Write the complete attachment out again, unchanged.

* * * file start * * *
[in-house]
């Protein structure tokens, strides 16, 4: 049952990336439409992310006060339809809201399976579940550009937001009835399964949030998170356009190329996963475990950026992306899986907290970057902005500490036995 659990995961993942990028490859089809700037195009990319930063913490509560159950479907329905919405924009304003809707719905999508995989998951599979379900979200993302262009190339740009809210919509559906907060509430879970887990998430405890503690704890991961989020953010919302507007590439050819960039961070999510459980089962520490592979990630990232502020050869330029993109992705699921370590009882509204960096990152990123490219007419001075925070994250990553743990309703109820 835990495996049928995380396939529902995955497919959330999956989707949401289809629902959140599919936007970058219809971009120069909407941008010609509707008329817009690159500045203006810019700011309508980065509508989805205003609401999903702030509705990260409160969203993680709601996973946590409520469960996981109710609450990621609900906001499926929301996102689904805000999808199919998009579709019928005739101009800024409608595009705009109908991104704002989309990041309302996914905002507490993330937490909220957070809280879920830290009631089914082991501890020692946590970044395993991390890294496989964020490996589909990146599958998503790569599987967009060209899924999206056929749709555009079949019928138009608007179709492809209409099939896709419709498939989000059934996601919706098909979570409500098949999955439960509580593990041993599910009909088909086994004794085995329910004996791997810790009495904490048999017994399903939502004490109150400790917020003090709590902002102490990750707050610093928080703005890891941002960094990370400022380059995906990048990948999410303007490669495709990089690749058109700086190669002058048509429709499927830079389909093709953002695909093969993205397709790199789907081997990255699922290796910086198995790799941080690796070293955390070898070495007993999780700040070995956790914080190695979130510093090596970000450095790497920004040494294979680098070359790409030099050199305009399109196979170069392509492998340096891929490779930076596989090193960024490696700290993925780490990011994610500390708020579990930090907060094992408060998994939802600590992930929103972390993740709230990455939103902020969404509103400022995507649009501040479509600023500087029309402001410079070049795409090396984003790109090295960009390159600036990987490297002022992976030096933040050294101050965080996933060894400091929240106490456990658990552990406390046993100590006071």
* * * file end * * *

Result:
[in-house]
């Protein structure tokens, strides 16, 4: 049952990336439409992310006060339809809201399976579940550009937001009835399964949030998170356009190329996963475990950026992306899986907290970057902005500490036995 659990995961993942990028490859089809700037195009990319930063913490509560159950479907329905919405924009304003809707719905999508995989998951599979379900979200993302262009190339740009809210919509559906907060509430879970887990998430405890503690704890991961989020953010919302507007590439050819960039961070999510459980089962520490592979990630990232502020050869330029993109992705699921370590009882509204960096990152990123490219007419001075925070994250990553743990309703109820 835990495996049928995380396939529902995955497919959330999956989707949401289809629902959140599919936007970058219809971009120069909407941008010609509707008329817009690159500045203006810019700011309508980065509508989805205003609401999903702030509705990260409160969203993680709601996973946590409520469960996981109710609450990621609900906001499926929301996102689904805000999808199919998009579709019928005739101009800024409608595009705009109908991104704002989309990041309302996914905002507490993330937490909220957070809280879920830290009631089914082991501890020692946590970044395993991390890294496989964020490996589909990146599958998503790569599987967009060209899924999206056929749709555009079949019928138009608007179709492809209409099939896709419709498939989000059934996601919706098909979570409500098949999955439960509580593990041993599910009909088909086994004794085995329910004996791997810790009495904490048999017994399903939502004490109150400790917020003090709590902002102490990750707050610093928080703005890891941002960094990370400022380059995906990048990948999410303007490669495709990089690749058109700086190669002058048509429709499927830079389909093709953002695909093969993205397709790199789907081997990255699922290796910086198995790799941080690796070293955390070898070495007993999780700040070995956790914080190695979130510093090596970000450095790497920004040494294979680098070359790409030099050199305009399109196979170069392509492998340096891929490779930076596989090193960024490696700290993925780490990011994610500390708020579990930090907060094992408060998994939802600590992930929103972390993740709230990455939103902020969404509103400022995507649009501040479509600023500087029309402001410079070049795409090396984003790109090295960009390159600036990987490297002022992976030096933040050294101050965080996933060894400091929240106490456990658990552990406390046993100590006071």